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Home > Catholic Encyclopedia > N > New Hebrides

New Hebrides

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Vicariate Apostolic in Oceania; comprises the New Hebrides, with Banks and Torres, islands situated between 13° and 21° S. lat. And between 166° and 170° E long. The total area is about 580 sq. miles. The indigenous population, which has decreased considerably, amounts to about 75,000; they are for the most part of an olive or brown complexion, varying in darkness. Their languages, which are very numerous, belong to the Malay stock and their religious worship has for its object the souls of the dead, but they also recognize a higher Being who is good. The white population is about 1000, nearly 650 of whom are French and Great Britain under what is known as the "Condominium of the New Hebrides". They were discovered in 1606 by the Spaniards under Quiros, and were named Tierra Austral del S. Espiritu. In 1768 the French navigator, Bougainville, in sailing round the globe, came upon the same group and named them the Grandes Cyclades. Six years later, Cook discovered the island and gave them their present name. According to the account of Quiros, the Franciscans, who acted as chaplains to his ships, celebrated Mass several times in a chapel built on the shore, and even held a procession of the Blessed Sacrament. Nevertheless, the islands had to wait long for the preaching of Catholic missionaries. Not until January, 1887, did four Marist priests, sent by Mgr. Fraysse, Vicar Apostolic of New Caledonia, definitively establish here the first missions, and they did it amid great difficulties. The missions, however, developed rapidly and in 1900, at the petition of Mgr. Fraysse, the New Hebrides were separated from his jurisdiction and made a prefecture Apostolic, under Père Douceré, of the Society of Mary. In 1904 this mission became a vicariate Apostolic, and Père Douceré, vicar Apostolic, was consecrated titular Bishop of Terenuthis. His residence is at Port-Vila. The staff of the mission now comprises 26 priests and 3 lay brothers of the Lyons Society of Mary. Their labours are seconded by 16 religious women of the regular Third Order of Mary, and a certain number of native catechists. There are 20 missionary residences, besides numerous annexes. Each mission as its schools. Near the episcopal residence is established a training-school for native catechists. Religious instruction and education for white children are secured by two schools at Port-Vila: a school for boys, conducted by the Little Brothes of Mary; one for girls, under the sisters of the mission who also serve the hospital at Port-Vila and conduct at Mallicolo a crèche for the little orphans. Conversions from paganism progress slowly, but continuously. The native Catholics, now numbering rather more than one thousand, are well instructed and faithful to their religious duties. There are about 600 white Catholics, and this number is increasing rapidly, both by births and by immigration.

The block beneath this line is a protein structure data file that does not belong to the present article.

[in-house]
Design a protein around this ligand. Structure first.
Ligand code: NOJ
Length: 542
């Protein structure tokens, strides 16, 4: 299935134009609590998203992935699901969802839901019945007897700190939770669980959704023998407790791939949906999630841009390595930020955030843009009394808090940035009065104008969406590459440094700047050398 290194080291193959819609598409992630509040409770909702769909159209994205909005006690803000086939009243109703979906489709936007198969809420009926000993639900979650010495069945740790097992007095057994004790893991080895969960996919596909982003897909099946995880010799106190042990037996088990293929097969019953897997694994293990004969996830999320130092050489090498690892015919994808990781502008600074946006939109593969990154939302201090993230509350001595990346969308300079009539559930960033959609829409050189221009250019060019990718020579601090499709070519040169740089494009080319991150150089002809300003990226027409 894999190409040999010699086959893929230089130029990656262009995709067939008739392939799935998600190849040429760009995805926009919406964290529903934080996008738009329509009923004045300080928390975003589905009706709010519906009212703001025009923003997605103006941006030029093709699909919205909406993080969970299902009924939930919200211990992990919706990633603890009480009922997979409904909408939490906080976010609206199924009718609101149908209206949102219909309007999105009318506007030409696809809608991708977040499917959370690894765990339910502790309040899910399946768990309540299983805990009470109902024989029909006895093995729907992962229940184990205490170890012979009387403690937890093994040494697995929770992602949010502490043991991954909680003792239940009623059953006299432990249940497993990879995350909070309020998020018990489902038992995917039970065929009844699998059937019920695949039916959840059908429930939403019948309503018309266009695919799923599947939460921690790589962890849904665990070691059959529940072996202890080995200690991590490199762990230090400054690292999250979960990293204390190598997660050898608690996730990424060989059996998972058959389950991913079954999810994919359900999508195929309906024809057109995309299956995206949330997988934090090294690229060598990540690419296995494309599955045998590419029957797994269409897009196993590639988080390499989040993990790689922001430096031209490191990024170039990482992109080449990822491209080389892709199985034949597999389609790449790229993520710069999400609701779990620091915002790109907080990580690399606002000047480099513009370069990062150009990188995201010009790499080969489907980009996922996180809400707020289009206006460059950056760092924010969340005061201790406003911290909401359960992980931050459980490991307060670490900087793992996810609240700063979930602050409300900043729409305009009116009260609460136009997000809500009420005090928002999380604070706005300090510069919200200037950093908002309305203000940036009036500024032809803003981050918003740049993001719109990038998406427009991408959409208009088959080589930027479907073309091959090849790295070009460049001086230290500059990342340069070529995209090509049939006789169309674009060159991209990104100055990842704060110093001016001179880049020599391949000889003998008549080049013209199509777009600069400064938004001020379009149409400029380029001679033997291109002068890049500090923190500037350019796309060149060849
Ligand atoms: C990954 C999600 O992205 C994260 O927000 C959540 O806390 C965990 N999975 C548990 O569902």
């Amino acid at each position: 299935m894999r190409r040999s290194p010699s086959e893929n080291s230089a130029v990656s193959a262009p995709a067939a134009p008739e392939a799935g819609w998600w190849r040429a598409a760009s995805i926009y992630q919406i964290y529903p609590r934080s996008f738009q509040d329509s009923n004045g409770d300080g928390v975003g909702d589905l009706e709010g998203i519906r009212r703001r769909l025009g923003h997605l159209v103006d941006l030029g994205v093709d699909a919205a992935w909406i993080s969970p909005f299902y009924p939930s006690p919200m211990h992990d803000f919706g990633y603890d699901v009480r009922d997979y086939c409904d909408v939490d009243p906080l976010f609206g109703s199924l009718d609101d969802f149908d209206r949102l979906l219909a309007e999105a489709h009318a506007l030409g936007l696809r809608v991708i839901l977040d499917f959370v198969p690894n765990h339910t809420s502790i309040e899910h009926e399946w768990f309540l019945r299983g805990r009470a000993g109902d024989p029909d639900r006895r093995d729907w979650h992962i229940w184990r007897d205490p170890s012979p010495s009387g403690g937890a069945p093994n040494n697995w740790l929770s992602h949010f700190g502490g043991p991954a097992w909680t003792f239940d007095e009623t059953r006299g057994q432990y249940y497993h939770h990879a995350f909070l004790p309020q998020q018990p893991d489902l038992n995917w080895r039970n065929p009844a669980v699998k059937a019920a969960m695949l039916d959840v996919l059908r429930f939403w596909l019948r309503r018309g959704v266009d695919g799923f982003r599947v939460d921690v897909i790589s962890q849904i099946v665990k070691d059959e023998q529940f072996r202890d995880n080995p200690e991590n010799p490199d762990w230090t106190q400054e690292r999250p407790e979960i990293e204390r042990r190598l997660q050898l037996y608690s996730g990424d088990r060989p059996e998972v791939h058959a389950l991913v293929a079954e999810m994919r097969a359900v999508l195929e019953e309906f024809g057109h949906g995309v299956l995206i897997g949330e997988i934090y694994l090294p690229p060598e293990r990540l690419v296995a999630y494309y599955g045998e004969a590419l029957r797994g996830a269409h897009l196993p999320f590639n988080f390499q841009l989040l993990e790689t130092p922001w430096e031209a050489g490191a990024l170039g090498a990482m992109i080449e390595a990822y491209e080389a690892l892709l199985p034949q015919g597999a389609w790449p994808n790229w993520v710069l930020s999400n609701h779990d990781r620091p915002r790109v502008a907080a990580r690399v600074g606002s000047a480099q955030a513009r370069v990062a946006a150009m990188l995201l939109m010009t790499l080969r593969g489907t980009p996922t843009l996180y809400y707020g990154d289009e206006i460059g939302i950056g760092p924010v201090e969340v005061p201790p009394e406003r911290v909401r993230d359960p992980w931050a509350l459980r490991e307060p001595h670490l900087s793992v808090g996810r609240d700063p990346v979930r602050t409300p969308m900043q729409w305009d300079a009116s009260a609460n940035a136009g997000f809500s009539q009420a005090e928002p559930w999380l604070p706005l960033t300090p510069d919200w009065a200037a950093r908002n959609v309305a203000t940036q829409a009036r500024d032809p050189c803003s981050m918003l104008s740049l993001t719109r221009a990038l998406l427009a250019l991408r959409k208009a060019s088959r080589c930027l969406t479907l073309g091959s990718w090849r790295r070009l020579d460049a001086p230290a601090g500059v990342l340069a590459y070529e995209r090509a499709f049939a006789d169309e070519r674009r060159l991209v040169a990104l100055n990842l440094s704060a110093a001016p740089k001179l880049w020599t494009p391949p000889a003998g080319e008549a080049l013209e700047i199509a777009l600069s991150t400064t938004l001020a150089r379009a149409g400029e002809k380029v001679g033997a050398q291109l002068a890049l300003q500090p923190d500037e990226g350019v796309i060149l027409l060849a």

About this page

APA citation. Douceré, V. (1911). New Hebrides. In The Catholic Encyclopedia. New York: Robert Appleton Company. http://www.newadvent.org/cathen/10789a.htm

MLA citation. Douceré, Victor. "New Hebrides." The Catholic Encyclopedia. Vol. 10. New York: Robert Appleton Company, 1911. <http://www.newadvent.org/cathen/10789a.htm>.

Transcription. This article was transcribed for New Advent by George Chin. Dedicated to my son, Sean.

Ecclesiastical approbation. Nihil Obstat. October 1, 1911. Remy Lafort, S.T.D., Censor. Imprimatur. +John Cardinal Farley, Archbishop of New York.

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